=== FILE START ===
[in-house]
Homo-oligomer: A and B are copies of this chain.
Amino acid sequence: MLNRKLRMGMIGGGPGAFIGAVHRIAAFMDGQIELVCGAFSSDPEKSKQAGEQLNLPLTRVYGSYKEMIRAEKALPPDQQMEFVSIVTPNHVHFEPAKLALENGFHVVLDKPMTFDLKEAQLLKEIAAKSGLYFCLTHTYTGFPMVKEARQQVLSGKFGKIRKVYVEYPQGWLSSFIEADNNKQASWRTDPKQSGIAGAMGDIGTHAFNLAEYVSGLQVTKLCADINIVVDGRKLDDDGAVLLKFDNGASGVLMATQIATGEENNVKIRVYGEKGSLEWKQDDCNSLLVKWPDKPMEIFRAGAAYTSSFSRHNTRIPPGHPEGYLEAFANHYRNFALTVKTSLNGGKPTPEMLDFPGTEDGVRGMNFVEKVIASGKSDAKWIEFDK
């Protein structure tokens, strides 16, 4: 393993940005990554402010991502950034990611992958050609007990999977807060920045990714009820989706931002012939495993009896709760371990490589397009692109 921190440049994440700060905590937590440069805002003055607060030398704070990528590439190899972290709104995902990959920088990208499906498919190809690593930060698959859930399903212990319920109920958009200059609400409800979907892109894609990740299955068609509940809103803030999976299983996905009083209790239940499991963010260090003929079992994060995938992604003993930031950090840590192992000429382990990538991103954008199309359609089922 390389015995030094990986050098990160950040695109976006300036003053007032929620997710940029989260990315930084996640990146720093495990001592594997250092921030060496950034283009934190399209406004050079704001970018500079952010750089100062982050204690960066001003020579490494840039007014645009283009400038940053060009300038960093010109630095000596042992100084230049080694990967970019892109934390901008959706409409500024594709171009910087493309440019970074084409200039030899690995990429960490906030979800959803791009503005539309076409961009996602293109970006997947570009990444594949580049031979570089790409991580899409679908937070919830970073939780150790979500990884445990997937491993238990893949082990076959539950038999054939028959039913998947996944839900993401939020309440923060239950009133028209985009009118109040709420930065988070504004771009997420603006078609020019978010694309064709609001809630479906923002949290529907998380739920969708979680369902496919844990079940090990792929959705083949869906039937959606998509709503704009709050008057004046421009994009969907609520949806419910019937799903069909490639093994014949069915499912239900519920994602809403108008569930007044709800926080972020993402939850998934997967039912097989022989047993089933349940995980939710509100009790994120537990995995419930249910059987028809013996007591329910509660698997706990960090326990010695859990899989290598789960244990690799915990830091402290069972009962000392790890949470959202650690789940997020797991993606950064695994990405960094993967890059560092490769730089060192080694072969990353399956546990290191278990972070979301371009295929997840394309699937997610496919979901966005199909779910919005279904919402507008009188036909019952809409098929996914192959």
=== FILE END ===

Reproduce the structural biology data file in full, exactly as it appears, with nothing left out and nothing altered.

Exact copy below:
[in-house]
Homo-oligomer: A and B are copies of this chain.
Amino acid sequence: MLNRKLRMGMIGGGPGAFIGAVHRIAAFMDGQIELVCGAFSSDPEKSKQAGEQLNLPLTRVYGSYKEMIRAEKALPPDQQMEFVSIVTPNHVHFEPAKLALENGFHVVLDKPMTFDLKEAQLLKEIAAKSGLYFCLTHTYTGFPMVKEARQQVLSGKFGKIRKVYVEYPQGWLSSFIEADNNKQASWRTDPKQSGIAGAMGDIGTHAFNLAEYVSGLQVTKLCADINIVVDGRKLDDDGAVLLKFDNGASGVLMATQIATGEENNVKIRVYGEKGSLEWKQDDCNSLLVKWPDKPMEIFRAGAAYTSSFSRHNTRIPPGHPEGYLEAFANHYRNFALTVKTSLNGGKPTPEMLDFPGTEDGVRGMNFVEKVIASGKSDAKWIEFDK
């Protein structure tokens, strides 16, 4: 393993940005990554402010991502950034990611992958050609007990999977807060920045990714009820989706931002012939495993009896709760371990490589397009692109 921190440049994440700060905590937590440069805002003055607060030398704070990528590439190899972290709104995902990959920088990208499906498919190809690593930060698959859930399903212990319920109920958009200059609400409800979907892109894609990740299955068609509940809103803030999976299983996905009083209790239940499991963010260090003929079992994060995938992604003993930031950090840590192992000429382990990538991103954008199309359609089922 390389015995030094990986050098990160950040695109976006300036003053007032929620997710940029989260990315930084996640990146720093495990001592594997250092921030060496950034283009934190399209406004050079704001970018500079952010750089100062982050204690960066001003020579490494840039007014645009283009400038940053060009300038960093010109630095000596042992100084230049080694990967970019892109934390901008959706409409500024594709171009910087493309440019970074084409200039030899690995990429960490906030979800959803791009503005539309076409961009996602293109970006997947570009990444594949580049031979570089790409991580899409679908937070919830970073939780150790979500990884445990997937491993238990893949082990076959539950038999054939028959039913998947996944839900993401939020309440923060239950009133028209985009009118109040709420930065988070504004771009997420603006078609020019978010694309064709609001809630479906923002949290529907998380739920969708979680369902496919844990079940090990792929959705083949869906039937959606998509709503704009709050008057004046421009994009969907609520949806419910019937799903069909490639093994014949069915499912239900519920994602809403108008569930007044709800926080972020993402939850998934997967039912097989022989047993089933349940995980939710509100009790994120537990995995419930249910059987028809013996007591329910509660698997706990960090326990010695859990899989290598789960244990690799915990830091402290069972009962000392790890949470959202650690789940997020797991993606950064695994990405960094993967890059560092490769730089060192080694072969990353399956546990290191278990972070979301371009295929997840394309699937997610496919979901966005199909779910919005279904919402507008009188036909019952809409098929996914192959």